One preferred embodiment of a method of the present invention is shown in FIG. 4. In step 30, a call is placed from the mobile handset to an enterprise. In step 31, the switch recognizes the dialed telephone number as potentially being directory-capable (although this is optional, and all calls could be treated as potentially having a corresponding directory). Recognition by the switch may be based on a partial database of telephone numbers or exchanges to which the directory service applies, for example. The call is routed to the directory processor in step 32 so that the dialed telephone number can be looked up in step 33 against a database of the actual directory-capable telephone numbers. If the dialed telephone number is not found in step 34, then the call is routed back to the switch in step 35 for normal processing (i.e., continuing to set up a call to the dialed telephone number). If the dialed number is found in step 34, then an optional audio message may be played in step 36 to inform the calling party that the directory function is being launched, and the voice call is then ended so that a data call can be performed. In step 37, the directory processor retrieves the data network address or other locator for the directory server that corresponds to the dialed telephone number. A push message is sent to the mobile handset in step 38 containing the locator via the data connection created by the push proxy gateway. In step 39, the mobile client application parses the push message to obtain the locator address and then connects to the directory server via the data connection.

Once the data connection is made between the mobile handset and the directory server, directory data is exchanged in step 40. In step 41, the user selects a directory entry. Dialing information corresponding to the selected call destination is captured in the device that will orchestrate the establishment of a voice call, as described in greater detail below. In step 42, the data connection is terminated, and then a new voice call is established in step 43 between the mobile handset and the selected call destination.

A more detailed signal flow for a first embodiment of the invention is shown in FIG. 5. Transactions occur between the separate entities comprising the mobile handset voice connection 45, mobile client application 26, switch 17, directory processor 21, push proxy 23, directory server 20, and an enterprise terminal or other call destination 46. In transaction 50, the user dials a directory-capable enterprise telephone number from the mobile handset. Call setup information is directed to switch 17. Switch 17 checks its database of potentially directory-capable telephone numbers and recognizes the dialed telephone number as being potentially directory capable, so it reroutes processing of the call to directory processor 21 in transaction 51. After directory processor 21 verifies the directory-capability of the dialed telephone number, it terminates the voice call in transaction 52 by sending a call termination signal. In transaction 53, directory processor 21 sends the locator (i.e., data network address of the directory server) associated with the dialed telephone number to push proxy gateway 23. Push proxy gateway 23 pushes a data message to mobile client application 26 by sending a data message that opens a socket for a data session (i.e., data call). In response to the pushed message containing the locator, mobile client application 26 opens a data session with directory server 20 in transaction 55. With an open session between mobile client application 26 and directory server 20, a series of mutual transactions 56 occur in which the user browses the directory information. As described in U.S. application Ser. No. 12/412,813, the directory server stores directory information for a plurality of call destinations with respective destination identifiers and respective access rules corresponding to the directory-capable telephone numbers. The directory server identifies relevant directory information based on the dialed telephone number and other information such as the access rules for certain call destinations in the enterprise and the telephone number or location of the calling party. The directory server transmits the relevant directory information to the client application via the data call and the relevant directory information is then displayed to the user.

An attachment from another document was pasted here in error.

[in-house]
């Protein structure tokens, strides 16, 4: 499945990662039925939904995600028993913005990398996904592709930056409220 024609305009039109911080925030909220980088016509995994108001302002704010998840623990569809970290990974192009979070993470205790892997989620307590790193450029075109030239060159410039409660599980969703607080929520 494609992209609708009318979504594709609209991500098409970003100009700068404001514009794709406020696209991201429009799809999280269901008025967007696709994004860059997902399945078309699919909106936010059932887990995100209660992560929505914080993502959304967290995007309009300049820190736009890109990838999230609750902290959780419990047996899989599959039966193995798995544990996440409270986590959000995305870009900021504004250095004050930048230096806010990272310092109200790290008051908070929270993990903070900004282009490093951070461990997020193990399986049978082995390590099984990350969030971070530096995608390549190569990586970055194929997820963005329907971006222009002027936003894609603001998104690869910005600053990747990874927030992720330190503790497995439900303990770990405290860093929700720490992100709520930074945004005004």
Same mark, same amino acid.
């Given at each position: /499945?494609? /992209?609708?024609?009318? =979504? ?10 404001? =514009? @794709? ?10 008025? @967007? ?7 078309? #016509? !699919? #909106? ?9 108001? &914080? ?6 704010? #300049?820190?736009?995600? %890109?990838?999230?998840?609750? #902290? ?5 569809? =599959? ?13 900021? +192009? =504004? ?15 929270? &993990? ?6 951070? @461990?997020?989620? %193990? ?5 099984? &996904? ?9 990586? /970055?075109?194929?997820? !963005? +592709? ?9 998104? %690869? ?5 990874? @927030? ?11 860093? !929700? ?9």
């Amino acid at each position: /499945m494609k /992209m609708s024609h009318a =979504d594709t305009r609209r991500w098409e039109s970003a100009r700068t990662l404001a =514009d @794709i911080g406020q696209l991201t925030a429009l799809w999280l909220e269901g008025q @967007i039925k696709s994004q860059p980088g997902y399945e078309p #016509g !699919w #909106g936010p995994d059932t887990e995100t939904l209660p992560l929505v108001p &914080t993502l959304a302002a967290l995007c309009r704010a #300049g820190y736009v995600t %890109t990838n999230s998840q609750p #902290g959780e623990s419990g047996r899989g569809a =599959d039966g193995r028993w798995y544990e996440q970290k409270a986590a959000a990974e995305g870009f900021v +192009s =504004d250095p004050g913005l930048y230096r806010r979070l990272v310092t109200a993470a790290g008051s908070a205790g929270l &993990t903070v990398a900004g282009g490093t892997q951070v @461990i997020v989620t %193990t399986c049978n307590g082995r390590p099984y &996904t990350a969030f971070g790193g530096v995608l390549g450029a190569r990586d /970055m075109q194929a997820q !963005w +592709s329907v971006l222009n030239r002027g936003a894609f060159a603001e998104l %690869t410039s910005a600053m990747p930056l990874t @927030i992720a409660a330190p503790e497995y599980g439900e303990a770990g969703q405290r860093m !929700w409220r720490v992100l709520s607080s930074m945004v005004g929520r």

According to the first embodiment shown in FIG. 5, when the user selects a desired call destination from within the directory information, the appropriate dialing information is transferred to mobile client application 26 as a transaction 56. Upon making the selection, mobile client 26 terminates the data session (i.e., data call) with directory server 20 in transaction 57. In this first embodiment, the new voice call that is placed to the selected destination is initiated by the mobile handset. Thus, the destination information (i.e., dialing instructions) is provided to the mobile voice connection 45 in transaction 58. A dialer in the mobile handset uses the destination information to initiate a newly dialed voice call in transaction 59. In response to the dialing, switch 17 completes a call to enterprise terminal 46 in transaction 60.